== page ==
v      Naming ceremony ~  Namakarana literally means the ‘naming ceremony’ and is usually performed around the eleventh day after birth. Sometimes the paternal aunt is given the privilege of choosing the name, sometimes a horoscope is consulted to decide on the first letter of the name. It is believed that the planetary configuration helps the child to achieve his or her full potential. Sometimes the name is chosen to inspire the child, and may be the name of God, or a virtue to aspire towards. The name serves a religious purpose as it acts to remind the family of higher values.


v      Sacred thread ceremony ~ Upanayana is the sacred thread ceremony. The word ‘Upanayana’ literally means ‘getting closer to God’, and marks the beginning of life as a student. In ancient times, this used to be around the age of eight. The child would undergo the ritual, in which a ‘havan’ or sacred fire is lit, and a priest recites hymns from the Vedas. The father or the priest whispers the Gayatri mantra into the child’s ear, which marks initiation into a religious lifestyle. The child is then invested with a sacred thread draped over the left shoulder. It consists of three strands, representing his debts to God, his forefathers and his spiritual teacher. The child is then deemed fit to enter the Brahmacharya Ashrama.


v      Marriage ceremony ~ Vivah

Marriage ceremony

Vivah is the marriage ceremony, which marks the individual’s transition from a student to a householder. A suitable partner is found after the individual has completed their studies. The vivah varies considerably depending on local customs, but there are a few basic guidelines that are observed at many ceremonies. The bride’s father offers the hand of the bride to the groom, a gesture called ‘panigrahana’. A havan or sacred fire is lit, and a priest recites hymns from Holy Scriptures. The bride and groom offer grains and clarified butter, ‘ghee’ to the fire in order to obtain the blessings of higher beings. Fire is considered the witness to the ritual. The bride and groom walk around the fire four times, and after every turn, the bride places her right foot on a piece of rock to symbolize her steadfastness in her wifely duties. As a symbolic gesture, the couple takes seven steps together, each representing health, wealth, strength, children, happiness, life-long friendship, and God. The wife marks her forehead (and hair parting) with red powder called ‘kum kum’. The couple is showered with rice grains and petals to wish them well. The wife is now addressed as the ‘sahadharmini’ or the companion in spiritual progress.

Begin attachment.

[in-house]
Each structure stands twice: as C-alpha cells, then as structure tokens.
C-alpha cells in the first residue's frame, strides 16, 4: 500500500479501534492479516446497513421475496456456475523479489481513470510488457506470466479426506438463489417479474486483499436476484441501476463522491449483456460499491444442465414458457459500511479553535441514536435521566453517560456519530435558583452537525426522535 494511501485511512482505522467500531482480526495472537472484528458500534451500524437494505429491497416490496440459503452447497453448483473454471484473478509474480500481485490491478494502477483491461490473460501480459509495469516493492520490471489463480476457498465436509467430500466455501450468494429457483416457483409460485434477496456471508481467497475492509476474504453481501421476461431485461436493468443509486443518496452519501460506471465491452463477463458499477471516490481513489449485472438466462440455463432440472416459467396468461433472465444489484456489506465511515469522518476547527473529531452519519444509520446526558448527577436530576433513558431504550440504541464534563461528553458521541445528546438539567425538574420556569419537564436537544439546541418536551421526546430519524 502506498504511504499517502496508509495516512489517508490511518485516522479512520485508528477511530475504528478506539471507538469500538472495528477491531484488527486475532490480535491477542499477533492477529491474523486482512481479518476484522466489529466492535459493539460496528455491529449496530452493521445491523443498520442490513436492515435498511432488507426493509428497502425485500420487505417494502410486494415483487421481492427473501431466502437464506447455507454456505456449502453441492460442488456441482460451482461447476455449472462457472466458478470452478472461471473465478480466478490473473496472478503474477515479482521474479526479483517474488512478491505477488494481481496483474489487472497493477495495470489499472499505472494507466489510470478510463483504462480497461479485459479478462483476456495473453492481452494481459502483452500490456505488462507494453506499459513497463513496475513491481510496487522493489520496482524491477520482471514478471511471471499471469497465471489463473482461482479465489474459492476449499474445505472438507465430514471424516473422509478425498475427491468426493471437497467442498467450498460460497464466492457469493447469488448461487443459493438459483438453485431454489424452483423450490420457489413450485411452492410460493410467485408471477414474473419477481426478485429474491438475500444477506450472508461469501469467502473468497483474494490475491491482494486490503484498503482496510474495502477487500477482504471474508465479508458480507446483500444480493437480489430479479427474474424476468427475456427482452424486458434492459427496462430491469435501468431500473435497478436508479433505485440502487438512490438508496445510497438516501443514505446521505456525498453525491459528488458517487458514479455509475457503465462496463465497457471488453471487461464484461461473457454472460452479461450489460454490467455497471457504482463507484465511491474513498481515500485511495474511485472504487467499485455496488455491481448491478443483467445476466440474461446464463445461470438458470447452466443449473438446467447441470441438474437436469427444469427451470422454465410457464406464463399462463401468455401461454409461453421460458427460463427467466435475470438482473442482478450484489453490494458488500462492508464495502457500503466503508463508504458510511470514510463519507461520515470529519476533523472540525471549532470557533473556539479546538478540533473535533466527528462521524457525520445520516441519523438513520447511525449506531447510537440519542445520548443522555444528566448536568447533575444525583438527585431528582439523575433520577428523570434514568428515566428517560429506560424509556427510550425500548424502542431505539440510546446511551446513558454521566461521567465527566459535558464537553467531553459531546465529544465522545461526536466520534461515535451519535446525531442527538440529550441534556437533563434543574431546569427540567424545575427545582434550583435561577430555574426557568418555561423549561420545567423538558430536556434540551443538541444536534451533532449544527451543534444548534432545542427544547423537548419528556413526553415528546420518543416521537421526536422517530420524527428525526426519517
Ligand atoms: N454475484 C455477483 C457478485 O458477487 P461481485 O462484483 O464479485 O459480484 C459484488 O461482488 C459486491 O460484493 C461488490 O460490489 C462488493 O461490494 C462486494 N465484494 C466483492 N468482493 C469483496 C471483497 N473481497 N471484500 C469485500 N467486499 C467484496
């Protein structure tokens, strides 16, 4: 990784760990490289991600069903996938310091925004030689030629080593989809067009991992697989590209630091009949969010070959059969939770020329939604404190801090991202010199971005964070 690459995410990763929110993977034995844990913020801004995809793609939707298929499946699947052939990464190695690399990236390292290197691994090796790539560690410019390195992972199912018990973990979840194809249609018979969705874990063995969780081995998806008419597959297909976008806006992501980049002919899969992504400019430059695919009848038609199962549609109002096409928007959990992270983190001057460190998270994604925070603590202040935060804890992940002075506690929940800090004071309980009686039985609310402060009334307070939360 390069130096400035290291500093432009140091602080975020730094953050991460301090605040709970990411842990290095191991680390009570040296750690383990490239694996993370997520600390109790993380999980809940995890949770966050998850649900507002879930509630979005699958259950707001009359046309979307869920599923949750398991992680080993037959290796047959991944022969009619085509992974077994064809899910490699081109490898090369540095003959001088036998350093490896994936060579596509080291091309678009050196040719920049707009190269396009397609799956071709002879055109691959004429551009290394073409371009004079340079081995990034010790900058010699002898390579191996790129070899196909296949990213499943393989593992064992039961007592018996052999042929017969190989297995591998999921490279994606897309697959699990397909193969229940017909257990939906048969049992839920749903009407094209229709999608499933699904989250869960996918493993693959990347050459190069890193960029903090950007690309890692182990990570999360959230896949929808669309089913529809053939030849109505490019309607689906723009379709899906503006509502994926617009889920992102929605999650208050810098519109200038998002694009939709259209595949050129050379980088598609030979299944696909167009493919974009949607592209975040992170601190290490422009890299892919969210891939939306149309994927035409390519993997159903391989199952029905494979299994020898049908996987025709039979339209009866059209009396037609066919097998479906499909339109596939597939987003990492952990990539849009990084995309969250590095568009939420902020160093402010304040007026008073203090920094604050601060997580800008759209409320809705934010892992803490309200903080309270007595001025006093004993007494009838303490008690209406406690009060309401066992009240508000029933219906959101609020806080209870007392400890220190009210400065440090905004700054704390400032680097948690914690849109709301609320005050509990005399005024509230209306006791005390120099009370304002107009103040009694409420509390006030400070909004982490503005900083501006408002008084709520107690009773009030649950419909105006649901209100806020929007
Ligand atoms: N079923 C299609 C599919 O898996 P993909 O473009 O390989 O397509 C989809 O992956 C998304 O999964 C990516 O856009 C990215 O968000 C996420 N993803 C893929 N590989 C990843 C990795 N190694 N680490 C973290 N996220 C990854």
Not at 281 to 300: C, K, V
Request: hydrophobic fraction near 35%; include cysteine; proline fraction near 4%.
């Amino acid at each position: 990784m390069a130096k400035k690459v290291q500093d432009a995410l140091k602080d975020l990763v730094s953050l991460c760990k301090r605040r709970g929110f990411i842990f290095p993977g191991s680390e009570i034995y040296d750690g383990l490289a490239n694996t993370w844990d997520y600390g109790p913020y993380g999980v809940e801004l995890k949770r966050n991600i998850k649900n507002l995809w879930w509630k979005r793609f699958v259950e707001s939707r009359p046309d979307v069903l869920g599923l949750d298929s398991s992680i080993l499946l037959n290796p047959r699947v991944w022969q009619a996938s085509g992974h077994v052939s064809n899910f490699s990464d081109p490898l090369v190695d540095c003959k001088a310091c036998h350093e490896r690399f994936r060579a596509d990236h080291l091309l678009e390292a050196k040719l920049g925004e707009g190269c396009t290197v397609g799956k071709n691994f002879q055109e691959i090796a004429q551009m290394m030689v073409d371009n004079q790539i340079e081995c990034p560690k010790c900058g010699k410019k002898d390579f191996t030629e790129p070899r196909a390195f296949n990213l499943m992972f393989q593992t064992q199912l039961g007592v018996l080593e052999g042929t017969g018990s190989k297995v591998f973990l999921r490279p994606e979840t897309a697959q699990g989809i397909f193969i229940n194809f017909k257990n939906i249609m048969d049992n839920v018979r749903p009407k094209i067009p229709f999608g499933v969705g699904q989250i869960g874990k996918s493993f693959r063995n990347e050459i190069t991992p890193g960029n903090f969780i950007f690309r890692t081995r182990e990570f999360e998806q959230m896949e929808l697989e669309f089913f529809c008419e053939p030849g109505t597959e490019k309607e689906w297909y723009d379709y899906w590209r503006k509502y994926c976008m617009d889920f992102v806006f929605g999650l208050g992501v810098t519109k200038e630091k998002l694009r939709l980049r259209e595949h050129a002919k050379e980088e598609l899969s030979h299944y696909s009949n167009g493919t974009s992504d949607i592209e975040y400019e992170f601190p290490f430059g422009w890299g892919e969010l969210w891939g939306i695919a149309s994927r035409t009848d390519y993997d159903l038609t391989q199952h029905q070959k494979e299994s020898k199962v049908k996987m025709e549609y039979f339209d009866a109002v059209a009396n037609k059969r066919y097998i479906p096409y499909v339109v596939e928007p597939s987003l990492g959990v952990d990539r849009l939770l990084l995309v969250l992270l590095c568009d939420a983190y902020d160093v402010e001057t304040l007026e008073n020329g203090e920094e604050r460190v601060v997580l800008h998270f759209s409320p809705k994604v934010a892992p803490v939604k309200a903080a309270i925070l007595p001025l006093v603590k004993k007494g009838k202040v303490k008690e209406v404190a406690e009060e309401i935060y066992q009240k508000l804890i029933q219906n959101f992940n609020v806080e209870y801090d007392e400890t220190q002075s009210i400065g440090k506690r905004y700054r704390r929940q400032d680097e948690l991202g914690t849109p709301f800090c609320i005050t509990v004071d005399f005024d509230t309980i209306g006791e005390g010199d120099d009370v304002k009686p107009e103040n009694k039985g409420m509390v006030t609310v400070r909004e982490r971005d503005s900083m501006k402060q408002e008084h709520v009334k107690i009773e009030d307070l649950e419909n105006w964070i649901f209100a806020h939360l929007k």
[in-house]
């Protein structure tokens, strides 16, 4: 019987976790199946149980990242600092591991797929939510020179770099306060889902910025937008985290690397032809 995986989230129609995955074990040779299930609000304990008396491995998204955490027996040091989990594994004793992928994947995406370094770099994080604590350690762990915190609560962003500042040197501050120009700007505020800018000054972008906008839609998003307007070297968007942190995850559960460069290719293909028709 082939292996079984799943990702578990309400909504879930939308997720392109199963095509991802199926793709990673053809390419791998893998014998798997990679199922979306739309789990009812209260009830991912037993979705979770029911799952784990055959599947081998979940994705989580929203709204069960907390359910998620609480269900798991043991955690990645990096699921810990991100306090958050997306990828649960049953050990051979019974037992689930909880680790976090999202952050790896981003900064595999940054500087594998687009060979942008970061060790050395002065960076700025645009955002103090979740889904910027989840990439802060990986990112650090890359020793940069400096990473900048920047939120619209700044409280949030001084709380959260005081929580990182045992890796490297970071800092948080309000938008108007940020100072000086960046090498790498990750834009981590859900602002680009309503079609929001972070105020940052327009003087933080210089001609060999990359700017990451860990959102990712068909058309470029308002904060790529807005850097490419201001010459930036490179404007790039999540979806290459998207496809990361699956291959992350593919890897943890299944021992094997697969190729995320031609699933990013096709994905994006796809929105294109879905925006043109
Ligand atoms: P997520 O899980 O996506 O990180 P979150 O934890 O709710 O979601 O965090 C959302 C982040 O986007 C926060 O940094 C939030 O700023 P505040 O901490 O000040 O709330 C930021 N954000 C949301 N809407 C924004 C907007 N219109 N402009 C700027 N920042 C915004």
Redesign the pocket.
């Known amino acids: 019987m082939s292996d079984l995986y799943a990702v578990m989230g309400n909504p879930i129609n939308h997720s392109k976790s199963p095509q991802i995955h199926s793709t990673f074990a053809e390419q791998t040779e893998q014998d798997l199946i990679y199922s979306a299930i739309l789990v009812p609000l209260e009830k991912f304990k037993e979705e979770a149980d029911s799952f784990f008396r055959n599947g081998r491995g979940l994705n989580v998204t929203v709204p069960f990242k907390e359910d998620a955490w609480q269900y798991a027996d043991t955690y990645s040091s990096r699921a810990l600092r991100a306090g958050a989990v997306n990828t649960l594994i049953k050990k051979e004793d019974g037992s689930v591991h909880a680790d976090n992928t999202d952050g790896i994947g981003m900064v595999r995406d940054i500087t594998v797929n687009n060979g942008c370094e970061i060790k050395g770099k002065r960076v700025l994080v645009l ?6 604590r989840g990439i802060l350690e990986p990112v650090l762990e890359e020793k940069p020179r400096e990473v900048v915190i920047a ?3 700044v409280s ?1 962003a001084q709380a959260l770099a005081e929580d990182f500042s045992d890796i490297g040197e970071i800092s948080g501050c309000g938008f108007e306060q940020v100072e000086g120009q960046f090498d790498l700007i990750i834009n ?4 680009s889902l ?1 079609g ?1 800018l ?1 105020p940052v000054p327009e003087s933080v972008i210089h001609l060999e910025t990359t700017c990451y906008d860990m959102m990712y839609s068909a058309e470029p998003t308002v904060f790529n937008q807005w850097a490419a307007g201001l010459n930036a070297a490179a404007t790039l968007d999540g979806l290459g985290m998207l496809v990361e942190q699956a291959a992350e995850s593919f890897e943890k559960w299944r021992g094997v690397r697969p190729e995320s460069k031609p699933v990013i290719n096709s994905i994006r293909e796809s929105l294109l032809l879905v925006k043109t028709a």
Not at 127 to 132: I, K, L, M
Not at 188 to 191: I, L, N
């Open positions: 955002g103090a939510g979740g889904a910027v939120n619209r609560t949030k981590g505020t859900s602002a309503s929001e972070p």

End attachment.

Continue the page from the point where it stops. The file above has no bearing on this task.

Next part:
v      Final rites ~ Antima-Kriya


Antima Kriya is the final death rite, and involves the cremation of the body. Hindu philosophy states that the body is just the outer garment of the individual, and that the real self never dies, but is reborn in a different body in due course. The body is not considered important hence it is cremated rather than buried. The body is bathed, clothed and placed in a coffin to be taken to the crematorium. The eldest son or male relative will set fire to the pyre. Verses from the Bhagavad Gita which explain the immortality of the soul, are recited to comfort relatives. The ashes are collected and taken to be immersed in the river Ganges.






















Back to Hinduism for Schools Home Page


© Hindu Academy London ~ Copyright law applies to each page